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  #1  
Old Posted Jun 9, 2011, 12:48 AM
vandelay vandelay is offline
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CUPERTINO | Apple Corporate Headquarters

Steve Jobs Pitches Cupertino on Stunning New Apple Campus

Cupertino City Council Presentation by Steve Jobs

Quote:
Late last year it was revealed that Apple purchased a 98-acre campus from Hewlett Packard, just up I-280 in Cupertino. Last night, Apple CEO Steve Jobs, in trademark black turtleneck and jeans, explained Apple's plans for the space to the Cupertino City Council. Here's what the new 4-story building holding 12,000 employees will look like when it's completed in 2015:


Quote:
Apple's plan will increase the site's office space from 2.6 million square feet to 3.1 million square feet, but the company will significantly improve the grounds around the offices, too, Jobs said.

The current HP campus features 20 percent landscaping. "It's pretty bad," admitted Jobs. The redesigned campus, however, will feature 80 percent landscaping, with twice the amount of indigenous trees. Most of the parking space will be relocated underground, Jobs also noted.
(huffingtonpost)


Quote:
"It's a little like a spaceship landed. It's got this gorgeous courtyard in the middle... It's a circle. It's curved all the way around. If you build things, this is not the cheapest way to build something. There is not a straight piece of glass in this building. It's all curved. We've used our experience making retail buildings all over the world now, and we know how to make the biggest pieces of glass in the world for architectural use. And, we want to make the glass specifically for this building here. We can make it curve all the way around the building..."



The green highlighted area in the lower left is the current location of the Apple campus. The area in the upper right is the future campus:


Although Jobs did not disclose the architect of the plan, in December of 2010 it was announced that Foster + Partners were hired to create a plan for a new Apple campus.
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  #2  
Old Posted Jun 9, 2011, 5:10 AM
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The architect is obviously Foster. Who else would do something like this?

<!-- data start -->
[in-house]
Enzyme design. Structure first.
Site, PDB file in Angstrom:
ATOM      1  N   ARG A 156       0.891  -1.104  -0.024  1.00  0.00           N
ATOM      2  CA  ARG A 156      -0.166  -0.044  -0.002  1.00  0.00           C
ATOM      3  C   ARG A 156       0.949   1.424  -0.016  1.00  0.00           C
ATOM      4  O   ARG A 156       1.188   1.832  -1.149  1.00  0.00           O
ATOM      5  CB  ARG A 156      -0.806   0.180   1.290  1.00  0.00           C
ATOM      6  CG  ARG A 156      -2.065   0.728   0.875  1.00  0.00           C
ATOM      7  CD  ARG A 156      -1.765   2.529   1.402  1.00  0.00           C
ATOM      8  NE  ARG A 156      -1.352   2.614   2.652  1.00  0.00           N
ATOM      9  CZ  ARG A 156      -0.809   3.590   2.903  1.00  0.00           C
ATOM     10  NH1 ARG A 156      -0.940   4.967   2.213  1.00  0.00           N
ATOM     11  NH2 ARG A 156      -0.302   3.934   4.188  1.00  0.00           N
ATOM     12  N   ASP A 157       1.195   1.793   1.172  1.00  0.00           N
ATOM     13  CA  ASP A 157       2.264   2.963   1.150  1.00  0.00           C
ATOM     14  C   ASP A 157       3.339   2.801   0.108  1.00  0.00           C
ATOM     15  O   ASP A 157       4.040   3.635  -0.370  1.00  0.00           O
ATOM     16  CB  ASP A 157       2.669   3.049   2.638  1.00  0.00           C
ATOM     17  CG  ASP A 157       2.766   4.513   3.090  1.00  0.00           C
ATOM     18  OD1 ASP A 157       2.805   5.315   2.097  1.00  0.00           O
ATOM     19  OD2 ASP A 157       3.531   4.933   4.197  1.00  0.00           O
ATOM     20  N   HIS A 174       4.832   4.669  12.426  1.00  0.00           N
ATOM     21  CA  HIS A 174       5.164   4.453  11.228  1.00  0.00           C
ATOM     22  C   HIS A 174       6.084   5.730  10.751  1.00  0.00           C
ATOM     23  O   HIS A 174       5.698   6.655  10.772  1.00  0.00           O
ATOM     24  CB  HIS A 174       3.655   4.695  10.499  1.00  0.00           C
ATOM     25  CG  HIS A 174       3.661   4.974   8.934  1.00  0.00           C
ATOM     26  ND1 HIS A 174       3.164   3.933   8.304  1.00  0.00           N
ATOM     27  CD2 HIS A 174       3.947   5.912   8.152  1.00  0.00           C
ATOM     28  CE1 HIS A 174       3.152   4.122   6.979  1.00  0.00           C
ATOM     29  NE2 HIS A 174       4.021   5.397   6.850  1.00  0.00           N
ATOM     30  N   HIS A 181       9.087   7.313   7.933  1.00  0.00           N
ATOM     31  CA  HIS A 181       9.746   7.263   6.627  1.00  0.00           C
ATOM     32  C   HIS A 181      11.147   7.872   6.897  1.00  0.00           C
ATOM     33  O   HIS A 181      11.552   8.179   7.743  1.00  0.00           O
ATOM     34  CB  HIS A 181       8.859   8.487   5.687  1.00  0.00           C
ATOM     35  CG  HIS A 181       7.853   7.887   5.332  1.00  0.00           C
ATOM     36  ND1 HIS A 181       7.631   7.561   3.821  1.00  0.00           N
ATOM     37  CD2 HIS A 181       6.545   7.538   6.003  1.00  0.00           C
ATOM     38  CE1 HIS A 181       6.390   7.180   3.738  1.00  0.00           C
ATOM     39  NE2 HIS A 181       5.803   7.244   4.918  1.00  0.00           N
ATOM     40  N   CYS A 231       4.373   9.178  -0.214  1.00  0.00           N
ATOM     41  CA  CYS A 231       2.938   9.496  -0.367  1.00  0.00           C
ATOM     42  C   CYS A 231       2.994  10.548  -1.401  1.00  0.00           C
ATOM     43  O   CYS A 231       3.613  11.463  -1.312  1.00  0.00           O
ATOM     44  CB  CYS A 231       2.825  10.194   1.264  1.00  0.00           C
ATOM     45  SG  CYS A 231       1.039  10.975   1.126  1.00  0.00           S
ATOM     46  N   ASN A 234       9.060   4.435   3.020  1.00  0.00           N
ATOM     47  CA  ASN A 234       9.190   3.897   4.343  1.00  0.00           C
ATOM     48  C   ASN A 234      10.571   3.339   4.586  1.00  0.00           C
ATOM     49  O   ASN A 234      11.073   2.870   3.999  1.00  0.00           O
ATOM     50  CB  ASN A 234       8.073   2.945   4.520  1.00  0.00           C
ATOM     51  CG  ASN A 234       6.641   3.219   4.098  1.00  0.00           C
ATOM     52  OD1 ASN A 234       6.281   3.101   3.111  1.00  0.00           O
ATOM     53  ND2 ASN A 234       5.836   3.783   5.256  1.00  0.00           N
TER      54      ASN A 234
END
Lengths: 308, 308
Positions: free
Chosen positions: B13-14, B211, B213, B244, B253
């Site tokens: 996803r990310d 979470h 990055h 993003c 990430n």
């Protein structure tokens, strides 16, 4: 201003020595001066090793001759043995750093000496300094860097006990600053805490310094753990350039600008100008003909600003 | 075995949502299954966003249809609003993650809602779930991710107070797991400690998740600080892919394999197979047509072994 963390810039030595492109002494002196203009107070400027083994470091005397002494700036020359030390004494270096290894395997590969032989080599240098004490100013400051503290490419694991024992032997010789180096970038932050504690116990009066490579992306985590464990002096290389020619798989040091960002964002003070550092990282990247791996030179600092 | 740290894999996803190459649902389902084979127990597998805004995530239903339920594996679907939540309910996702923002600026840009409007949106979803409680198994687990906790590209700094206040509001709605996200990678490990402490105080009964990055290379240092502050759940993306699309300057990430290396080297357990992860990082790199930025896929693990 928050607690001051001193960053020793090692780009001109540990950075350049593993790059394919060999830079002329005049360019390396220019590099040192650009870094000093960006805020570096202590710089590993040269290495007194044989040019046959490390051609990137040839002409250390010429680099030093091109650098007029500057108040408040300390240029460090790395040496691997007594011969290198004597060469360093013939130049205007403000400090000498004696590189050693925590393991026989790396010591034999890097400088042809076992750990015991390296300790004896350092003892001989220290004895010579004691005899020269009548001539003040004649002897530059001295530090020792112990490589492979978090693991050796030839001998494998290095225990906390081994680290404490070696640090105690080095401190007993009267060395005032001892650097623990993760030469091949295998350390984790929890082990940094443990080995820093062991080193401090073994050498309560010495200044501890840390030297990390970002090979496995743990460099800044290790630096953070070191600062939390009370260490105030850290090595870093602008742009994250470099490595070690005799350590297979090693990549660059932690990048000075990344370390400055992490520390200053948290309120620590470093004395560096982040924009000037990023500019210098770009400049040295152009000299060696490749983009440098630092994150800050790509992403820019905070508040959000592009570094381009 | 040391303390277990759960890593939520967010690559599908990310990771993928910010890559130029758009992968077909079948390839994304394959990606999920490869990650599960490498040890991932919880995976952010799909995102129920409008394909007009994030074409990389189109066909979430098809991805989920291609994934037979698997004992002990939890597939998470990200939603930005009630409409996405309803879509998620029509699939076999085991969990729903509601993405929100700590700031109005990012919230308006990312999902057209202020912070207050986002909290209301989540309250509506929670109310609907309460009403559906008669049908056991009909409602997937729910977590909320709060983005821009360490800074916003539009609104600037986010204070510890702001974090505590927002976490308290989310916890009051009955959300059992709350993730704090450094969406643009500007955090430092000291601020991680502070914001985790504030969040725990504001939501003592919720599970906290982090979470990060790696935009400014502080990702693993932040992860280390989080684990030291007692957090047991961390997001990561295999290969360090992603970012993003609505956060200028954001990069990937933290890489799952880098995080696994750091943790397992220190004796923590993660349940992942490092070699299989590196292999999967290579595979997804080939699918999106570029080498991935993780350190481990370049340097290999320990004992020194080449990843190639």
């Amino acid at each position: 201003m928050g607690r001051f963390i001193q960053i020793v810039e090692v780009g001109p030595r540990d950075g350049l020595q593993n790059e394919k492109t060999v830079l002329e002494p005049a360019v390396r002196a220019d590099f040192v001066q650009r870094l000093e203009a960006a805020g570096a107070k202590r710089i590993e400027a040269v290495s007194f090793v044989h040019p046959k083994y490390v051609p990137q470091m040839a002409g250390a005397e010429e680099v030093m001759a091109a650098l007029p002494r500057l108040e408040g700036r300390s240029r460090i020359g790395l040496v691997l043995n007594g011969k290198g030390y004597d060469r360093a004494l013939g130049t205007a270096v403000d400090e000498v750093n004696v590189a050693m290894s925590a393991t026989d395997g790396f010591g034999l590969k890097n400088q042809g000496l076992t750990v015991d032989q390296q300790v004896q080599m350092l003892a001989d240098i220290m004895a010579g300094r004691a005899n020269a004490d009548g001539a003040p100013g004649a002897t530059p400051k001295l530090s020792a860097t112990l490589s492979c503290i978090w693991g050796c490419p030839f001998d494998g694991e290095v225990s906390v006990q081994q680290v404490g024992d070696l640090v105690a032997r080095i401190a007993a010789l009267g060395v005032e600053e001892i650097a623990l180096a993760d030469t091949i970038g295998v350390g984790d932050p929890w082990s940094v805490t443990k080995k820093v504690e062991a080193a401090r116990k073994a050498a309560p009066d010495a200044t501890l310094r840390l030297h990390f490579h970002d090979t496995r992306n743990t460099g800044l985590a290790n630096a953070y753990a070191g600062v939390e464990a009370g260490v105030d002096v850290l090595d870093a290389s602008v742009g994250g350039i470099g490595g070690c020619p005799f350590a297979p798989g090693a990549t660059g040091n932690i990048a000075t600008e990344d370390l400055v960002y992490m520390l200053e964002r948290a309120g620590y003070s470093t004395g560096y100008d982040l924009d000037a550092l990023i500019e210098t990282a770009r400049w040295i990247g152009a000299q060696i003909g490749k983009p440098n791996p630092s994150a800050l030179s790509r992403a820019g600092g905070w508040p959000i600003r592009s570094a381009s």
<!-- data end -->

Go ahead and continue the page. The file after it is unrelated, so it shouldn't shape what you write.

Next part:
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  #3  
Old Posted Jun 9, 2011, 5:41 AM
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This is like the Pentagon 2. The Pentagon is the largest building in the world and can hold 23,000 people, this can do 12,000. That just puts this monstrosity into prospective. I like concept, I'm not sure I would have picked Foster though. There's too much of Foster in the world already. He's almost as bad as Calatrava and his brigdes.
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  #4  
Old Posted Jun 9, 2011, 5:55 AM
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  #5  
Old Posted Jun 9, 2011, 7:51 AM
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Quote:
Originally Posted by Onn View Post
This is like the Pentagon 2. The Pentagon is the largest building in the world and can hold 23,000 people, this can do 12,000. That just puts this monstrosity into prospective. I like concept, I'm not sure I would have picked Foster though. There's too much of Foster in the world already. He's almost as bad as Calatrava and his brigdes.
Pentagon is the largest Office Building, at ~6 million usable square feet. Sears Tower is the largest privately owned office building, at 4.5Msqft. This one is ~3.1Msqft, which would land somewhere around 15th largest office building in America. Comparable to the new Towers 1 & 2 at the World Trade Center site.
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  #6  
Old Posted Jun 9, 2011, 9:57 AM
denizen467 denizen467 is offline
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^ Yep, many hangars, airport terminals, and malls have much more floor area than the biggest office buildings.
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  #7  
Old Posted Jun 9, 2011, 2:40 PM
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Quote:
Originally Posted by STR View Post
Pentagon is the largest Office Building, at ~6 million usable square feet. Sears Tower is the largest privately owned office building, at 4.5Msqft. This one is ~3.1Msqft, which would land somewhere around 15th largest office building in America. Comparable to the new Towers 1 & 2 at the World Trade Center site.
With this amount of office space, it's bound to be in the record books. I bet once this thing is completed, it would set an example for future architectural styles. No doubt.
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Old Posted Jun 9, 2011, 3:42 PM
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I suppose I'll wait for more details...

but this looks like a dated 90s style corporate campus...gross...i thought apple was suppose to be forward thinking...this doesn't look like a place i would want to work at...

in contrast, google purchased a building in manhattan and is making moves to urbanize it's googleplex...
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Old Posted Jun 9, 2011, 3:55 PM
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Quote: